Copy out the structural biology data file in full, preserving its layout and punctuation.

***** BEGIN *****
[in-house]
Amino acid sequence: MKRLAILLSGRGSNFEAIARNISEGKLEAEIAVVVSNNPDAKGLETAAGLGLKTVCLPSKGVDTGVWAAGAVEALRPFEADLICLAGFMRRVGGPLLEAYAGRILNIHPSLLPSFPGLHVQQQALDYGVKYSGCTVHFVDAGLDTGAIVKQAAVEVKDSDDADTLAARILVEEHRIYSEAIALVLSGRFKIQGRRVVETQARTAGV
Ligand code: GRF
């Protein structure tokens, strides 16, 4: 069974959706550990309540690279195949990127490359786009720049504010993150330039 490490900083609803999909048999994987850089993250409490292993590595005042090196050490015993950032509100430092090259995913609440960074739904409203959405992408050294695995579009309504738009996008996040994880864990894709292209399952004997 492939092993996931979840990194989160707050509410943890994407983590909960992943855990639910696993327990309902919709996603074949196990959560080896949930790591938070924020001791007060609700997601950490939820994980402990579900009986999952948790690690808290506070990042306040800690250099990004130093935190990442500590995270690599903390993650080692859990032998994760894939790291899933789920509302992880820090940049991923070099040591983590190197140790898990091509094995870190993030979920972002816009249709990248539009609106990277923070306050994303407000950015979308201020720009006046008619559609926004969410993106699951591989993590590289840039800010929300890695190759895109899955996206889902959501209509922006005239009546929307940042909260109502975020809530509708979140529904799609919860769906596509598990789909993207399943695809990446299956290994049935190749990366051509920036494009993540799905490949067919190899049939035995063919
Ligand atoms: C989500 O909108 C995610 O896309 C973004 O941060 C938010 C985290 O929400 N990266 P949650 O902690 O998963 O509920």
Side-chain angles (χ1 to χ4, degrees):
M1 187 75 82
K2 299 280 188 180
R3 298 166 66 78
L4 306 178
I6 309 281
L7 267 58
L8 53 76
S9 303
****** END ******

[in-house]
Amino acid sequence: MKRLAILLSGRGSNFEAIARNISEGKLEAEIAVVVSNNPDAKGLETAAGLGLKTVCLPSKGVDTGVWAAGAVEALRPFEADLICLAGFMRRVGGPLLEAYAGRILNIHPSLLPSFPGLHVQQQALDYGVKYSGCTVHFVDAGLDTGAIVKQAAVEVKDSDDADTLAARILVEEHRIYSEAIALVLSGRFKIQGRRVVETQARTAGV
Ligand code: GRF
């Protein structure tokens, strides 16, 4: 069974959706550990309540690279195949990127490359786009720049504010993150330039 490490900083609803999909048999994987850089993250409490292993590595005042090196050490015993950032509100430092090259995913609440960074739904409203959405992408050294695995579009309504738009996008996040994880864990894709292209399952004997 492939092993996931979840990194989160707050509410943890994407983590909960992943855990639910696993327990309902919709996603074949196990959560080896949930790591938070924020001791007060609700997601950490939820994980402990579900009986999952948790690690808290506070990042306040800690250099990004130093935190990442500590995270690599903390993650080692859990032998994760894939790291899933789920509302992880820090940049991923070099040591983590190197140790898990091509094995870190993030979920972002816009249709990248539009609106990277923070306050994303407000950015979308201020720009006046008619559609926004969410993106699951591989993590590289840039800010929300890695190759895109899955996206889902959501209509922006005239009546929307940042909260109502975020809530509708979140529904799609919860769906596509598990789909993207399943695809990446299956290994049935190749990366051509920036494009993540799905490949067919190899049939035995063919
Ligand atoms: C989500 O909108 C995610 O896309 C973004 O941060 C938010 C985290 O929400 N990266 P949650 O902690 O998963 O509920």
Side-chain angles (χ1 to χ4, degrees):
M1 187 75 82
K2 299 280 188 180
R3 298 166 66 78
L4 306 178
I6 309 281
L7 267 58
L8 53 76
S9 303